Skip to content

Articles

Lendlease -v- Timecon: A Contract or ‘Other Arrangement’ under the SOP Act

On 12 June 2019 the decision of Lendlease Engineering Pty Ltd v Timecon Pty Ltd [2019] NSWSC 685 was delivered by Ball J.

This case was a departure from other case law on the question of whether “a contract or other arrangement” under the Building and Construction Industry Security of Payment Act 1999 (NSW) (the SOP Act) needs to be a legally binding obligation.

Background

Lendlease Engineering Pty Ltd and Bouygues Construction Australia Pty Ltd together formed an unincorporated joint venture (the LLBJV) which was the principal Contractor for the NorthConnex Project which will link the M1 Pacific Motorway at Wahroonga to the Hills M2 Motorway at Pennant Hills in NSW.

In the course of an Adjudication Application Timecon Pty Ltd (Timecon) alleged that an agreement whereby Timecon agreed for a fee of $4.00 per tonne to permit the LLBJV to store on a site at Somersby pending its disposal VENM (Virgin Excavated Natural Material) produced by excavation and tunnelling work for the NorthConnex Project was a ‘contract or other arrangement’ for the purposes of the SOP Act.

On 2 January 2019 An Adjudication Determination was issued by Helen Durham for Timecon in the amount of $887,532.80 including GST (Determination).

Arguments by the Parties

It was the LLBJV’s contention that there was no “contract or other arrangement” between it and Timecon and therefore no right to claim a progress payment under the SOP Act.

LLBJV accepts that some of the spoil generated from the NorthConnex Project was deposited at the Somersby Site, however, it says that that occurred pursuant to a contract for the haulage and disposal of spoil generated by the excavation and tunnelling work which it entered into with Laison Earthmoving Pty Ltd (Laison).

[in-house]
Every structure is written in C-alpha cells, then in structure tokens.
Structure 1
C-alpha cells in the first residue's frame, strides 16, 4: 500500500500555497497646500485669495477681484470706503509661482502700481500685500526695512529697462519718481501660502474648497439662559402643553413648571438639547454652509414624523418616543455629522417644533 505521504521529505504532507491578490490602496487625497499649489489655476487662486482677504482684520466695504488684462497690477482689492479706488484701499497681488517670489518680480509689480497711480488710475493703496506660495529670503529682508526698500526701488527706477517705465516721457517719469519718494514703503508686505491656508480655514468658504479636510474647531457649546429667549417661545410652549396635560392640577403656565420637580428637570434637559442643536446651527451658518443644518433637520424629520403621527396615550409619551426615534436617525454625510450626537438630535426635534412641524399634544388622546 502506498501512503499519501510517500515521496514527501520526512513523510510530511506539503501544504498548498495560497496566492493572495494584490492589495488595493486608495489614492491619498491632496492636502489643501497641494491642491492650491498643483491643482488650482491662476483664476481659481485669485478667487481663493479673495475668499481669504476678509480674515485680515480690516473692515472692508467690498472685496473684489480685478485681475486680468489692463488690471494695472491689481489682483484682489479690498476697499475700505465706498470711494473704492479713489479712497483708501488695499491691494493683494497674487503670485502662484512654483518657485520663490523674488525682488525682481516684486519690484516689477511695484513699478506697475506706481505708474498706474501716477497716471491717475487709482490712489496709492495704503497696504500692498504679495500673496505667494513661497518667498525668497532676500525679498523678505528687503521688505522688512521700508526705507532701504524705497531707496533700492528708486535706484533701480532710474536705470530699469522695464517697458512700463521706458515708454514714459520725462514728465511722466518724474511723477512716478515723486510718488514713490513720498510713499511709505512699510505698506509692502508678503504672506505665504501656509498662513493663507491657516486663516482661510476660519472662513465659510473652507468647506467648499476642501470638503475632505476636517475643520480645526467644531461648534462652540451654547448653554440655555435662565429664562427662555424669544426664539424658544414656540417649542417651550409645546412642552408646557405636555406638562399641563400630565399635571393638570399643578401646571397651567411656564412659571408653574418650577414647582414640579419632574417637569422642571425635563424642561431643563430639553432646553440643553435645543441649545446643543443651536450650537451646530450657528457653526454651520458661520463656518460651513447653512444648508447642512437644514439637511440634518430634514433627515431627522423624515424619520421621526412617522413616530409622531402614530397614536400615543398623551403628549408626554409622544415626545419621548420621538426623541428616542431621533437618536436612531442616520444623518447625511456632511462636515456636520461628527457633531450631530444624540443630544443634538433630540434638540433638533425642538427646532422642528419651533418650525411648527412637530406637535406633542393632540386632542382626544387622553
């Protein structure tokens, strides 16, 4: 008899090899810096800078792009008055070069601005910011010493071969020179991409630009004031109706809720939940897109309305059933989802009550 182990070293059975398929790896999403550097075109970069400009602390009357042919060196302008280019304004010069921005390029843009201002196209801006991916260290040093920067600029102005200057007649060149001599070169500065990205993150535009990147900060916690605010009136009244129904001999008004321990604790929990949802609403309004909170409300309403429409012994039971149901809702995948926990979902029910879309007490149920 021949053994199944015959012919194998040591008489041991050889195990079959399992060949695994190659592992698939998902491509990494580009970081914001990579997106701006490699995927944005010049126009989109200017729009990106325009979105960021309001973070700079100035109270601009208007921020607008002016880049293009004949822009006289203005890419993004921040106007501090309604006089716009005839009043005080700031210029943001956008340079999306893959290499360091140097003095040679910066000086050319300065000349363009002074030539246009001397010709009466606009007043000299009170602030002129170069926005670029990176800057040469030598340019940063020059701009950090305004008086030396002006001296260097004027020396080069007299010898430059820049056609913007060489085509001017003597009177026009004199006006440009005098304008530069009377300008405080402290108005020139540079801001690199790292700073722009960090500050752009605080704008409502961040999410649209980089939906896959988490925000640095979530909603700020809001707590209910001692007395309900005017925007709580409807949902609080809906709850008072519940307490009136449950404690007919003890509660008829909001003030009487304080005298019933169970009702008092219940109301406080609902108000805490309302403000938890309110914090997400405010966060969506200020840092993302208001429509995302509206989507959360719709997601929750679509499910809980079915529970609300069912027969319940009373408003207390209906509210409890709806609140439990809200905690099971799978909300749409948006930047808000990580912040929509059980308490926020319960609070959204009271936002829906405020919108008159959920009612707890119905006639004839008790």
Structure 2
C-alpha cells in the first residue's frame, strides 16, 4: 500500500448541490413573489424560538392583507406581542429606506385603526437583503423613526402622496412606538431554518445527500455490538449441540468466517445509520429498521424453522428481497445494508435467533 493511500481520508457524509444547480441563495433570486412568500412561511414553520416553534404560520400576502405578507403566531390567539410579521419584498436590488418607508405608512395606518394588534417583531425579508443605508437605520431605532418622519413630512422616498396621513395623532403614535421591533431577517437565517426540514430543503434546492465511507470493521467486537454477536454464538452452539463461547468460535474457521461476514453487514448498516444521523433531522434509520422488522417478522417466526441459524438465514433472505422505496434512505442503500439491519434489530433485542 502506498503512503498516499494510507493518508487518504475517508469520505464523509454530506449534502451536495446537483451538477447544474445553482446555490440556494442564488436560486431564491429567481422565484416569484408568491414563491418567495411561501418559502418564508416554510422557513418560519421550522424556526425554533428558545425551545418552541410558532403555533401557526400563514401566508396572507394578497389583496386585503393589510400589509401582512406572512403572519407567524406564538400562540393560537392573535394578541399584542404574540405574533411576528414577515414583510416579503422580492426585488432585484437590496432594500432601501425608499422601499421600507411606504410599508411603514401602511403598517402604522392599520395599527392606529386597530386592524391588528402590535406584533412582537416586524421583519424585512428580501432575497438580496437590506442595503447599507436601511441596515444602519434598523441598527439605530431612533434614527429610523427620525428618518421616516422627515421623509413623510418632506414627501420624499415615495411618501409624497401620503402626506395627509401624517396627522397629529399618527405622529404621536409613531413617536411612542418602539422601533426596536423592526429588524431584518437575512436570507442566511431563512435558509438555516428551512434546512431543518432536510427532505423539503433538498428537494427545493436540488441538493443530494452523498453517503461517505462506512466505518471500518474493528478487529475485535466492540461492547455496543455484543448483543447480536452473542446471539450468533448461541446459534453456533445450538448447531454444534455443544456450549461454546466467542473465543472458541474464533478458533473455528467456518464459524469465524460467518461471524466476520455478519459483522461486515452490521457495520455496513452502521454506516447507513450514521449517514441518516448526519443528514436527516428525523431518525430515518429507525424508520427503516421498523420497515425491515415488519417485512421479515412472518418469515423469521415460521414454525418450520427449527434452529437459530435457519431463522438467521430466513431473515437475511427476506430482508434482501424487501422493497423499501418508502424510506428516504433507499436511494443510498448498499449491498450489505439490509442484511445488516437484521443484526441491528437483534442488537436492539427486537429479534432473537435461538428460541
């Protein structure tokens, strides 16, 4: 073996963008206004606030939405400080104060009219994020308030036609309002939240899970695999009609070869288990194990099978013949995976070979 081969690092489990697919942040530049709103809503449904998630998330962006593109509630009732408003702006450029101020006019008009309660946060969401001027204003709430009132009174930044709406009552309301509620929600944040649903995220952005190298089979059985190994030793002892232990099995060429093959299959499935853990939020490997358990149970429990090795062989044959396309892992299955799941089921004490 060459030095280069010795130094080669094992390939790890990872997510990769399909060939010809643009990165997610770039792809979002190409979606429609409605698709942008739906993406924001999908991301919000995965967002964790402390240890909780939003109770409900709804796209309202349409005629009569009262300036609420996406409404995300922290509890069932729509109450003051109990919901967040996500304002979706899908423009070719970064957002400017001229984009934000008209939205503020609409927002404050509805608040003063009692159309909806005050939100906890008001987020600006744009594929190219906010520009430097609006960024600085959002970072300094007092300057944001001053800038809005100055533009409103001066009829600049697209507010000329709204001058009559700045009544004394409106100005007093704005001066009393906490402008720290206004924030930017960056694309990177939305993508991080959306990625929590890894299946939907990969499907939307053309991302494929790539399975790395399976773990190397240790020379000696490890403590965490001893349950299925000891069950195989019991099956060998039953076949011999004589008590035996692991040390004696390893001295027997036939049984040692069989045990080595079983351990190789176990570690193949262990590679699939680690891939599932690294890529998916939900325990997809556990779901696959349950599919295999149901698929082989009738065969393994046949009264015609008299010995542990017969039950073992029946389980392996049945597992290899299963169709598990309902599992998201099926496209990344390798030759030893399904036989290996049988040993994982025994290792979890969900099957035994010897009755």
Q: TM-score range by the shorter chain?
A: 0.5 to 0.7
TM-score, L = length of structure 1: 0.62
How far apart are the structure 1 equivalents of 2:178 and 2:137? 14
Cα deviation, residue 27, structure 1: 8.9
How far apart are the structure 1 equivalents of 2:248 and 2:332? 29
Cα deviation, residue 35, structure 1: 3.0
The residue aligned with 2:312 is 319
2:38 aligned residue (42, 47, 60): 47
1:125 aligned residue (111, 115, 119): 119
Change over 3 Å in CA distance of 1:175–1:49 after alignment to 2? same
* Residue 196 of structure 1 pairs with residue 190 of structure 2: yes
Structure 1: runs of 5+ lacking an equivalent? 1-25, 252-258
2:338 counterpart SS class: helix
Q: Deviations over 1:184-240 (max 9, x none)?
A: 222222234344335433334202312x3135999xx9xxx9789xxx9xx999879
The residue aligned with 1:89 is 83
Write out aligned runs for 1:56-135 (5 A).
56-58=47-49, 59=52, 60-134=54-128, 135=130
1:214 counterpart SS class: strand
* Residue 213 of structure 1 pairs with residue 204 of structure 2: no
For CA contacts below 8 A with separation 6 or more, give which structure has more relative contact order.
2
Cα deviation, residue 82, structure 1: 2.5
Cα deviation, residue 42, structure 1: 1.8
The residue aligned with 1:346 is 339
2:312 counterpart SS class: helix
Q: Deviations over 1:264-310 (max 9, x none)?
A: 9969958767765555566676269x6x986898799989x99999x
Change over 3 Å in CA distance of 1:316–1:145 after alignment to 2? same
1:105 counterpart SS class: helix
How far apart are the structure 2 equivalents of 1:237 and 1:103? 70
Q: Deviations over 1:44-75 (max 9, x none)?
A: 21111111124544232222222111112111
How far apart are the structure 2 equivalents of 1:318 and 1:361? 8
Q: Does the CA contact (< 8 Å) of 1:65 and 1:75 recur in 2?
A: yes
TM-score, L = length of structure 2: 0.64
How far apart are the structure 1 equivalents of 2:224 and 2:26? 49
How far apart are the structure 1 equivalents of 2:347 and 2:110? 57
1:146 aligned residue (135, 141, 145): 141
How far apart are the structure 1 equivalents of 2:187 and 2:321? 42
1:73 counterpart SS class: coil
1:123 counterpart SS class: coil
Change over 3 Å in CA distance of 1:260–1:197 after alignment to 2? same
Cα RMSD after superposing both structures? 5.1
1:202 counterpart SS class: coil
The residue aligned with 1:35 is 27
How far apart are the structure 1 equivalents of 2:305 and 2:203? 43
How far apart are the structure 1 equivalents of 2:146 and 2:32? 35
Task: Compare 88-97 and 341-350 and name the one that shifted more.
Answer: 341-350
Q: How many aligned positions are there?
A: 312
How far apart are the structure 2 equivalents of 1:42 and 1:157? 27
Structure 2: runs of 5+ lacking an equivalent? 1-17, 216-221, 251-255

There was an extensive analysis of the details of the negotiations and His Honour ultimately did not accept a lot of the evidence of the director for Timecon. Therefore His Honour did not accept that there was a legally binding obligation owed by LLBJV to Timecon.

Departure from other case law on Interpretation of “contract or other arrangement

The main question that Ball J analysed in this case was whether an “other arrangement” for the purposes of the SOP Act must give rise to a legally binding obligation by which the claimant is entitled to be paid by the respondent for the services the claimant undertakes to provide.

Ball J states at paragraph 68 and 69 as follows:-

“The purpose of the SOP Act is not to create an obligation to pay where one does not otherwise exist. That is made plain by s 32 of the SOP Act…. In the light of that provision, it makes no sense to interpret the SOP Act as creating a right to a progress claim when the claimant has no underlying right to be paid any amount at any time by the person against who the claim is made for the work the claimant has undertaken to perform. Under s 32, any payment resulting from the adjudication of such a claim would have to be returned. In my opinion, that is not what the legislature could have intended.”